We had people drive up from San Diego just for the day because they wanted to help. We had parents and kids and chefs and writers. It became a communal gathering point and as much as getting sustenance in the bellies of nurses and doctors working 12 hour shifts was important, it also helped to get them some fresh air, some time to socialize, some time to take their mind off of everything. This became our rallying point and the reason we were able to serve about 3000 meals a day going forward. Requests for the next day would come in and we’d be able to start working in our make-shift, outdoor, food truck frenzy.
With things running somewhat smoothly, we decided to try something different. My friend Dan and I used to work with someone who was shot at the fest. She was in the hospital recovering from surgery and we wanted to be a little more personal. He got the names of a few victims recovering at home and we stopped by Evel Pie and picked up eight pizzas. We delivered them to people recovering and their family members and you would think we were buying them new houses by the way they reacted. The joy of pizza is one of the great joys in the world.
One guy who answered had no idea why we were there. We explained that we were bringing pizza to his family and specifically his daughter. He told us, holding back tears, that he was a security officer at the festival and had to do his best to protect everyone while having zero idea what was going on with his kid. Just listening and letting people know you care does more than you think.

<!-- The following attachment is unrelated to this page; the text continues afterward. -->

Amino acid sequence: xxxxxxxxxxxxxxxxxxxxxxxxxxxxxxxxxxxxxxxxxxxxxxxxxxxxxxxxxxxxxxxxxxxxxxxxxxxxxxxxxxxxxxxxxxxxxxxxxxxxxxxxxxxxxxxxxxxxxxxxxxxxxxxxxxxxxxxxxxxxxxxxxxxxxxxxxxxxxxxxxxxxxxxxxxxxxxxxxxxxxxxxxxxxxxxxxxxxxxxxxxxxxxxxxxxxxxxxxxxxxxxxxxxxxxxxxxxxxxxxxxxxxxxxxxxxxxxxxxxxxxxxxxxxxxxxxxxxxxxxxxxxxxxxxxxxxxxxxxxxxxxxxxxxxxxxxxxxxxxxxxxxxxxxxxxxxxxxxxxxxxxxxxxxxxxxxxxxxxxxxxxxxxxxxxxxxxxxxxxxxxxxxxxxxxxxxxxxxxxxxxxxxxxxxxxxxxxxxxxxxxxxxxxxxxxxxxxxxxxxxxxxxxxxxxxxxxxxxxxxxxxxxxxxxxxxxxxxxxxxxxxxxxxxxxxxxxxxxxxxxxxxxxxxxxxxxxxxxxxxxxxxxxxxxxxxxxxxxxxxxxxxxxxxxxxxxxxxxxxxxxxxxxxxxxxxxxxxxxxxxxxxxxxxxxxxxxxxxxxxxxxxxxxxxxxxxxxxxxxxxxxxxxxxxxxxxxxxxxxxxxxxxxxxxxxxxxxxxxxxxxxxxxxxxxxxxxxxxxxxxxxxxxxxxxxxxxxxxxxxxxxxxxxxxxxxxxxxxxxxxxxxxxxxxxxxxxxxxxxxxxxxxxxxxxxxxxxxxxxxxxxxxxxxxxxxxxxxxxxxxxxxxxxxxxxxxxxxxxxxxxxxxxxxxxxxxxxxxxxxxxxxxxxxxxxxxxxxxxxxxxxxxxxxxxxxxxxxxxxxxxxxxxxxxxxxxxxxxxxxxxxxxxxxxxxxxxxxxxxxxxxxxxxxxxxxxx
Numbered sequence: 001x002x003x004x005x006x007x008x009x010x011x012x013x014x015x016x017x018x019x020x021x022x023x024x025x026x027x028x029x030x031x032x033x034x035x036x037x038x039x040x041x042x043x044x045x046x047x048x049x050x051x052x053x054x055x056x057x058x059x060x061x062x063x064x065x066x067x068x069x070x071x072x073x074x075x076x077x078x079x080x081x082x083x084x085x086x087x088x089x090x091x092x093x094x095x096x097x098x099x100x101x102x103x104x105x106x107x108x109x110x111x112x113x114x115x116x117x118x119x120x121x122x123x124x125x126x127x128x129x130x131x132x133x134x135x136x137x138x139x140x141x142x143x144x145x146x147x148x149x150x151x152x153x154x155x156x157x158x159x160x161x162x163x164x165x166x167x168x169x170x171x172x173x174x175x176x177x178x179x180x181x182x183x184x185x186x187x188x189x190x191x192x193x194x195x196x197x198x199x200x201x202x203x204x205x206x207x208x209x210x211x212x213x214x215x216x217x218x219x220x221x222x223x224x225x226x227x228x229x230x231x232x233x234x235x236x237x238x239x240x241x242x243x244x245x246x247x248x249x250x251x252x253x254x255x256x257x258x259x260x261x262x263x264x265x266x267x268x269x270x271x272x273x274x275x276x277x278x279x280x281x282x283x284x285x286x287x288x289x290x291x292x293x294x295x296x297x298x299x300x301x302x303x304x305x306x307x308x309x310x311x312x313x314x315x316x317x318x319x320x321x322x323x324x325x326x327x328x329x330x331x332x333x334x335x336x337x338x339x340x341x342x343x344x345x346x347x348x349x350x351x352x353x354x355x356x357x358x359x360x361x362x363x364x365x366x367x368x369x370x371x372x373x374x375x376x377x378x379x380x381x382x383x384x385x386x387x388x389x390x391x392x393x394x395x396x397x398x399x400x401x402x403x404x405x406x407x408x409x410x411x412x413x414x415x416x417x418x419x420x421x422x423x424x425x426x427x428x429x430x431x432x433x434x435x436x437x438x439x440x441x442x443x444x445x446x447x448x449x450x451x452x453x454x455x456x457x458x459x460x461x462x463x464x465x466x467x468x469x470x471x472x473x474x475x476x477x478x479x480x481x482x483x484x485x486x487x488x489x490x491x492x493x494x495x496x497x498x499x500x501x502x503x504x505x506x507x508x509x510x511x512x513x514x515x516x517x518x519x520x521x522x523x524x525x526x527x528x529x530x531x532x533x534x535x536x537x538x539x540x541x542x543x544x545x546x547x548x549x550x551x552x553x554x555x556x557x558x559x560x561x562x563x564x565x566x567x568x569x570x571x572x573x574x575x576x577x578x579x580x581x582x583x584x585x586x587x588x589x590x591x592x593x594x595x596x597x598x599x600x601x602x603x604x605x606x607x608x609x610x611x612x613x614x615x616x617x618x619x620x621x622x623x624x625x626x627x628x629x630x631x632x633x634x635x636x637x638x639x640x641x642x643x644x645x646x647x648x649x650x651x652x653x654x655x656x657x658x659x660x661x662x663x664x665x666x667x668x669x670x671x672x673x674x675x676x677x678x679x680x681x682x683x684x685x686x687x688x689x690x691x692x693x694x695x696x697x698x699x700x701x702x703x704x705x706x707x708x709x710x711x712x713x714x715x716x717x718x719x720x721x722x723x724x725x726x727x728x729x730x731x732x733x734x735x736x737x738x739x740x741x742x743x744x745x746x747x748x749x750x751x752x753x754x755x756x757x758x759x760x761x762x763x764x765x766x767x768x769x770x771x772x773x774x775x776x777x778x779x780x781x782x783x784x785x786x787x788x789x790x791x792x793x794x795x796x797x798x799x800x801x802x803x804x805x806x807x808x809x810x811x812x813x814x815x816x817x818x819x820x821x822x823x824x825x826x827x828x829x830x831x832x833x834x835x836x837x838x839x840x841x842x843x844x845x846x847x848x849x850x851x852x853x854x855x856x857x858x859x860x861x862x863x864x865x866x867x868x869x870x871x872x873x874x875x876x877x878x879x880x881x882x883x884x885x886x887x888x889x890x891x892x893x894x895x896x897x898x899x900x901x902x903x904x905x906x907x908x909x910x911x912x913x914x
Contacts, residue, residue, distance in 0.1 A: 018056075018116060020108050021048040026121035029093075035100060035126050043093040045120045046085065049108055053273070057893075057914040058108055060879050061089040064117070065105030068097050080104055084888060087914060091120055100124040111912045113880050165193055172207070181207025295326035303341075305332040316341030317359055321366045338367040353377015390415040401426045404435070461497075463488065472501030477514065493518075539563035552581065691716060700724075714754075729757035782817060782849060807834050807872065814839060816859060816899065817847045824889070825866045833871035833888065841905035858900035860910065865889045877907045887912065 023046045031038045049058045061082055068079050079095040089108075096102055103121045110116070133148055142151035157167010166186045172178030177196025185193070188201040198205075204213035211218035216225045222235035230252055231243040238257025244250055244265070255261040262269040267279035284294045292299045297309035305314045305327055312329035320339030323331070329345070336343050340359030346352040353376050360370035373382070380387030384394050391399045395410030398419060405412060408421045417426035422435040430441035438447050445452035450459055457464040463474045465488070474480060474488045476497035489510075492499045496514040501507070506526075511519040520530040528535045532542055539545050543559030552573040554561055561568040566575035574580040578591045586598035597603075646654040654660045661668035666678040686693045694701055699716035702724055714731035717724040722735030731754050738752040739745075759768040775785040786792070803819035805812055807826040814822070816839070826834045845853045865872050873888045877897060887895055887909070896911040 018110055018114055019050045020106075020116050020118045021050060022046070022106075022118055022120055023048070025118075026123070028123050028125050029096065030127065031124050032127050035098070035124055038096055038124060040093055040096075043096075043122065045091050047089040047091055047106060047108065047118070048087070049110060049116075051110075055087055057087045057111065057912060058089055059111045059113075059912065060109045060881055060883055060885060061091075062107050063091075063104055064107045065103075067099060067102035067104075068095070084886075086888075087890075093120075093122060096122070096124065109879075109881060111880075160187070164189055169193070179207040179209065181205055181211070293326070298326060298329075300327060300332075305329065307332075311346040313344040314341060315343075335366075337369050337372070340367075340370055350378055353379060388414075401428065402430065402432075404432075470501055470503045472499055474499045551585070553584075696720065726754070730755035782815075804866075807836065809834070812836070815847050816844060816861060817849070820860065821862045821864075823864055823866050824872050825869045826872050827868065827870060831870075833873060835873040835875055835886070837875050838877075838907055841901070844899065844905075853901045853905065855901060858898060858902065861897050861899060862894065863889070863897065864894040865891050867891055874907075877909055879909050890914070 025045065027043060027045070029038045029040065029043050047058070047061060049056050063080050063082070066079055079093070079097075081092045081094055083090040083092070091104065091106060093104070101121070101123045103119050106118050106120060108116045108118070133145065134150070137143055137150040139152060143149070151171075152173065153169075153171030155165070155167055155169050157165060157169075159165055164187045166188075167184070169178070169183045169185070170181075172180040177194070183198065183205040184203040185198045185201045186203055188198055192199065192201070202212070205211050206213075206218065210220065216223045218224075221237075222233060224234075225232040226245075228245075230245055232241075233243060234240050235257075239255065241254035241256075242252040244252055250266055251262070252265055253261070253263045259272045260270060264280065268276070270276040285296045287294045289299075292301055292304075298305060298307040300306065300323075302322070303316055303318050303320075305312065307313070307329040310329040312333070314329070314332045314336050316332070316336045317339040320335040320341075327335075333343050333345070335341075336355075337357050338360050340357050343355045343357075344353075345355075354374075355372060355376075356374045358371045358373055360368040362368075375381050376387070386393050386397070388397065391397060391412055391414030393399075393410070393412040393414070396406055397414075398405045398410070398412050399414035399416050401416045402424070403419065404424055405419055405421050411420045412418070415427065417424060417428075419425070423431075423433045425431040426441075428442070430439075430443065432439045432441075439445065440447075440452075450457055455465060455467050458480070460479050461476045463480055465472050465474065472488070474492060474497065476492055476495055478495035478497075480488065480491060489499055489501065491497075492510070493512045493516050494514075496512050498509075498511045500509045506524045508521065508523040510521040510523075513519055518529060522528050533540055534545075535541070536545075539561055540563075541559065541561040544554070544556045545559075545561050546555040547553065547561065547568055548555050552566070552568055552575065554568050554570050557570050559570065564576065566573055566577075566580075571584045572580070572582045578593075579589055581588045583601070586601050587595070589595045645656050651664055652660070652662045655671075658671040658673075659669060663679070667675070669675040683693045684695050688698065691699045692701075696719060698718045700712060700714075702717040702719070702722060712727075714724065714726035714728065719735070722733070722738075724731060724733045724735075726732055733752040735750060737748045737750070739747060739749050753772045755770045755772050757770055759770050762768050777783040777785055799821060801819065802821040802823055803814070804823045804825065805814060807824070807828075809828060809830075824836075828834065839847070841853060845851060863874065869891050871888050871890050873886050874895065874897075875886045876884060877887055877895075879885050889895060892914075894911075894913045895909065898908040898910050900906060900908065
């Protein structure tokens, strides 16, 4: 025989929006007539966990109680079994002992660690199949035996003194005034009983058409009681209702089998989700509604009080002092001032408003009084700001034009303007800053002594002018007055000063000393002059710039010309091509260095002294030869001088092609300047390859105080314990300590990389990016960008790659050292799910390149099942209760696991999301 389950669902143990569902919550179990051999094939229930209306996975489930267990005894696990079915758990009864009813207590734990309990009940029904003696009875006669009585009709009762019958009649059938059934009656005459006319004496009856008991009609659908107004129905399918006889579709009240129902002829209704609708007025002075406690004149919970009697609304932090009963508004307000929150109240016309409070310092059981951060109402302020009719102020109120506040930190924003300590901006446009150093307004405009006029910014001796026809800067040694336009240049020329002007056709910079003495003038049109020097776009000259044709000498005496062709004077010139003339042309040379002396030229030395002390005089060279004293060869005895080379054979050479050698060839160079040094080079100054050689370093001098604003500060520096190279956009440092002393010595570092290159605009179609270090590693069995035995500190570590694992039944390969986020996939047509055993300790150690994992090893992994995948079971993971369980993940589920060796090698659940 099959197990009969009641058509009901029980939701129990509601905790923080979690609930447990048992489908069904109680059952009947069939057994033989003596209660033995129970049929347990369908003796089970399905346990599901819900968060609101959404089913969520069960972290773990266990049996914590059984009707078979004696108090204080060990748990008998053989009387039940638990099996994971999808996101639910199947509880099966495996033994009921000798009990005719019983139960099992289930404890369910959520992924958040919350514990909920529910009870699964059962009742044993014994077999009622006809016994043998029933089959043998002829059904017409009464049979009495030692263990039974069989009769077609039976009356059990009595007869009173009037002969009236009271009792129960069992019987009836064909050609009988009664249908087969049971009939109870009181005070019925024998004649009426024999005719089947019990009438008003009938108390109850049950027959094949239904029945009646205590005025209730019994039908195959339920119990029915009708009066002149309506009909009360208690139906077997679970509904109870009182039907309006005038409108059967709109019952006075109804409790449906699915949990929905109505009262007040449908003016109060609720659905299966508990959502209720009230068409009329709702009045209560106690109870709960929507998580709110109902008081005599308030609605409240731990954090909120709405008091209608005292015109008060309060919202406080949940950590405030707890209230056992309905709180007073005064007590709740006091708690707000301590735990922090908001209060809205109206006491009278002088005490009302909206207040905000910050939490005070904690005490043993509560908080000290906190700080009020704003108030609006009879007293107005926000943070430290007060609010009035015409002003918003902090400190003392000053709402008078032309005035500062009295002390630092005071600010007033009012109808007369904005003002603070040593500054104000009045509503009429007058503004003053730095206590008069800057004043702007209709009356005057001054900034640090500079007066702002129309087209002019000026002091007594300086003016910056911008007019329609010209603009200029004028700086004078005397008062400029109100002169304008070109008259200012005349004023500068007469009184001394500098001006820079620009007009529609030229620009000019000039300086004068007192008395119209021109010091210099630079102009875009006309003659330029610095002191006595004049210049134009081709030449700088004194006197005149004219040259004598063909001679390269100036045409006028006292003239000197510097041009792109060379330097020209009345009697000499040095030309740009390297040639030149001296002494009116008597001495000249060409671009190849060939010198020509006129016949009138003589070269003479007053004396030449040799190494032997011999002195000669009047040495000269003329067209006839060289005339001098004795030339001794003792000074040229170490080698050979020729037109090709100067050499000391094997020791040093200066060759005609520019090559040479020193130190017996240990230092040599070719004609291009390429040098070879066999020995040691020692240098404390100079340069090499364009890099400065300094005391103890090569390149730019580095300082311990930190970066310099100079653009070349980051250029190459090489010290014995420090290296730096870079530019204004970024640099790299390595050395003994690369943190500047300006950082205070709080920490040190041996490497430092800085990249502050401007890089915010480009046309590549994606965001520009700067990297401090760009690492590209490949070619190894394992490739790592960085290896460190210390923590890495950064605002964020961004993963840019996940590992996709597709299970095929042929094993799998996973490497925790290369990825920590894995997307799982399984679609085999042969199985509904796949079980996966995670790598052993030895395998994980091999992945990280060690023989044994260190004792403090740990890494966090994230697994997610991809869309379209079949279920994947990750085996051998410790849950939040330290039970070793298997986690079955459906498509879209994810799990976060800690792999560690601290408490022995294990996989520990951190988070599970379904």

Monday – Oct 16
I get messages every day from more people wanting to volunteer – massage therapists, acupuncturists, private chefs, and documentarians to name a few. We’ve utilized most of them but now we have to figure out what’s next. We got an email from one restaurant that donated, saying they were “charity-ed out.” I understand and respect that but I hope we can utilize this civic enthusiasm, this communal spirit, and find more ways to help.
I hope nothing like this ever happens again, here or anywhere. But it will. And if it happens here, we are working towards a more efficient way to bring food to those in need going forward.
In a time of crisis, you don’t think, you do. Most people on the outside looking in are horrified to see that 58 innocent people died and over 500 were injured, but they probably don’t consider how exhausted doctors and nurses, ambulance drivers and blood donors need to be fed.
But this is Vegas. We pride ourselves on our hospitality and our hospitality industry stepped up enormously.
For more information, please join our Facebook group #VegasStrong First Food Responders.